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buffalonate (95.89)

Stay Away From Yongye International!

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April 20, 2011 – Comments (5) | RELATED TICKERS: YONG

They have been attacked recently by short sellers on several occasions.  I have 3 reasons I have found that make me want to stay far away from this stock.  The first is their exceptional rate of growth.  They claim they have gone from distributing to 1000 stores to 26000 stores in around 2 years.  This type of growth strikes me as highly unlikely.  If this was a tech company maybe I buy their story but this company just makes fertilizer. 

The second reason I don't buy their story is after these short attacks the company has not bought back shares.  Ebix was recently under short attack and they did the smart thing and bought back shares immediately.  Doing so gives investors confidence in the company.  Yongye has 50 million in cash and has not bought back any shares.  Some have argued that they want to invest their money into the company instead of buying shares.  Yongye claims they have grown profits 50% in the last year.  Its stock has a p/e ratio of 5 and if you follow Peter Lynch a p/e ratio should equal its growth rate.  So the p/e ratio should be 50 which means this company is valued at 1/10 of its real value.  If they company is real buying back shares would be the best investment the company could make because they would be buying something that is worth 10 times more.  No investment in their company could ever match this return on investment. 

The last reason is that in the last 2 years there have been no insiders buying stock even after the short attack.  If you knew a stock was worth 10 times what it is currently priced and you are an executive who knows for sure how healthy the company is why don't you buy all the stock you can afford.  Even the people who run this company won't buy the stock for 90% off which I find particularly damning. Get on Yahoo Finance for yourself and look up the insider trading history for this company. 

If you ever find proof that insiders or the company have actually purchased and not just announced that they are going to buy stock then go ahead buy the stock but until then you would be really wise to stay away from this one.

5 Comments – Post Your Own

#1) On April 20, 2011 at 10:09 PM, cattywampus (< 20) wrote:

Is there a book or a chapter in a book that covers the short attack?  Short circuiting stocks seems to be a hot trend. I agree with the blog's position on Yong's failure to buy back shares. Yesterday, someone stated that put option buying had surged on YONG and another short attack might be in the offing. The language, distance, culture and political barriers seem to all be contribuing factors in the conundrum beating this stock down.  

 

 

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#2) On April 21, 2011 at 10:27 AM, buffalonate (95.89) wrote:

I am not shorting Yongye.  I just want to try to keep individual investors out of questionable investments.  People keep arguing over whether or not the 10-K statements of the Chinese smallcaps are legit or not.  The fact that these companies won't buy their own shares at dirt cheap prices makes it pretty clear they aren't legit.  If they won't buy their own shares why should we.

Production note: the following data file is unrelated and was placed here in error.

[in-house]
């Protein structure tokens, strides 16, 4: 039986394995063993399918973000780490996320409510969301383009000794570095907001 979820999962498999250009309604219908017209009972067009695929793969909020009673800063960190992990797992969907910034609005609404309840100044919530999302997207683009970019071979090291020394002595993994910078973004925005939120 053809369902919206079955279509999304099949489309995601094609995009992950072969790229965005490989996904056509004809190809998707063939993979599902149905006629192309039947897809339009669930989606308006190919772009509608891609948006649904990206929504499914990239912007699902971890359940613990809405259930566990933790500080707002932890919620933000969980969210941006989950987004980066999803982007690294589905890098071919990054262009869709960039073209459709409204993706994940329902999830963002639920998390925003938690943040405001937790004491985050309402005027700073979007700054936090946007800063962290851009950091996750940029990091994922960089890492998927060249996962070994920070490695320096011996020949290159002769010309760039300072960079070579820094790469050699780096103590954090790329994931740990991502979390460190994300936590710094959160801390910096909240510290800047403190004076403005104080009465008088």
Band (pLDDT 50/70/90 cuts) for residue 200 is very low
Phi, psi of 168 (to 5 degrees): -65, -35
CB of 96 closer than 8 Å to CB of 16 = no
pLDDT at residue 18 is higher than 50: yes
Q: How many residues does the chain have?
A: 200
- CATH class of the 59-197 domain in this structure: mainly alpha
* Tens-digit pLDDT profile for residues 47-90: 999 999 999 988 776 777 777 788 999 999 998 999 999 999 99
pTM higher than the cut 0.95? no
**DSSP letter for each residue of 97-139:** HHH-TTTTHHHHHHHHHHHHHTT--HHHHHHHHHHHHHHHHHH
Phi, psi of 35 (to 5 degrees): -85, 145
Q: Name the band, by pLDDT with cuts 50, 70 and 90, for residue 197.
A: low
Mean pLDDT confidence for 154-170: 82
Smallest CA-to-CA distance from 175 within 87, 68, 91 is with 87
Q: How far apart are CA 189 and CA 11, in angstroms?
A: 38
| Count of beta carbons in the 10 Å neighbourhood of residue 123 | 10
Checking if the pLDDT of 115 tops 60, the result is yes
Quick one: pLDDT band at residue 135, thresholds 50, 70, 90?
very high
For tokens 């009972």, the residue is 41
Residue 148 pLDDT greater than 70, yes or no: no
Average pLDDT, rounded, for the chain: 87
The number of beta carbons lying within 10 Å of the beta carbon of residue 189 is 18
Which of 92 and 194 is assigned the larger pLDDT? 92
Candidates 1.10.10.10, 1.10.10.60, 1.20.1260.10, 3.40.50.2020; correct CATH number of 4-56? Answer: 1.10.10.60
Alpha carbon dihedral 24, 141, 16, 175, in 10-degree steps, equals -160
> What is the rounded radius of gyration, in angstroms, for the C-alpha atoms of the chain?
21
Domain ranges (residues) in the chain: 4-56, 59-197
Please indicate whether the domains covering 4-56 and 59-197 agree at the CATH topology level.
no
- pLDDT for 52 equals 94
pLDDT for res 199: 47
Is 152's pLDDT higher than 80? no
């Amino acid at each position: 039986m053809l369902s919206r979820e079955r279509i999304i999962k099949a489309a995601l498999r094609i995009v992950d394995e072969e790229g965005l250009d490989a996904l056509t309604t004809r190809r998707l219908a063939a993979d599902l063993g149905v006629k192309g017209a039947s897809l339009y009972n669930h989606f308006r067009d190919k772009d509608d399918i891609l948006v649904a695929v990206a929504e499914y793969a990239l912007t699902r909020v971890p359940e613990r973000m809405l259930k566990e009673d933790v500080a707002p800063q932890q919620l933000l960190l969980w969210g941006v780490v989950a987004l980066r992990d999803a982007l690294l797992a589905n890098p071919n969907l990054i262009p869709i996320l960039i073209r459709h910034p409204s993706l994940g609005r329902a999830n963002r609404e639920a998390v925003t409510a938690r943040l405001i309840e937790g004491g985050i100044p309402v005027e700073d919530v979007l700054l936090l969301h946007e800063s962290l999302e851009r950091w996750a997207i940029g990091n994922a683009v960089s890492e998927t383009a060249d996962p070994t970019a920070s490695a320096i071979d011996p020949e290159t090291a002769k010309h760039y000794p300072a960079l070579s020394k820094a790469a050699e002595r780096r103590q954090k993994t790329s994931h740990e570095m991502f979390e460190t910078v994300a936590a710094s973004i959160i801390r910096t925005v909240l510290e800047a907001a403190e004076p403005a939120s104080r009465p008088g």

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#3) On April 21, 2011 at 3:09 PM, cattywampus (< 20) wrote:

I find it interesting as a new investor when I read and watch these Chinese ag stocks go up and down. Haven't bought any, but I am tempted. Would never even consider shorting  a stock with my experience. Tried a 30 day trial of MF Options and it took my 2 weeks to understand that you could buy and sell or write options, found that totally confusing, had to go to the library and get a book before I could even figure out what they were talking about on the site. Never have bought an option . Now that you know how little experience I have you can see where I'm coming from. Most interesting stock lessons. PCBC rights offering, Rare Earth's and now Chinese ag  stocks. Mostly just watching and learning. Thanks Nate and to all the fools who have helped me along the way.
  

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#4) On April 21, 2011 at 3:22 PM, buffalonate (95.89) wrote:

You should read Peter Lynch's One Up on Wallstreet or The Motley's Fool's Guide to Investing.  They are the best investing books I have ever found.  Peter Lynch has made me a lot of money over the years. 

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#5) On April 22, 2011 at 5:15 PM, cattywampus (< 20) wrote:

Great advice, Lynch's book was the first book I read, also recommended by a fellow fool. I got in over my head and joined Special Ops for a few months. Tom was the one who pointed out PCBC as a stock of interest and I learned alot from watching that bank stock when Gerald Ford took it over and put it through a rights offering. Your Money and Your Brain by Jason Zweig was another favorite. Thanks for the advice, I'm currently reading through Tom and David's books. 

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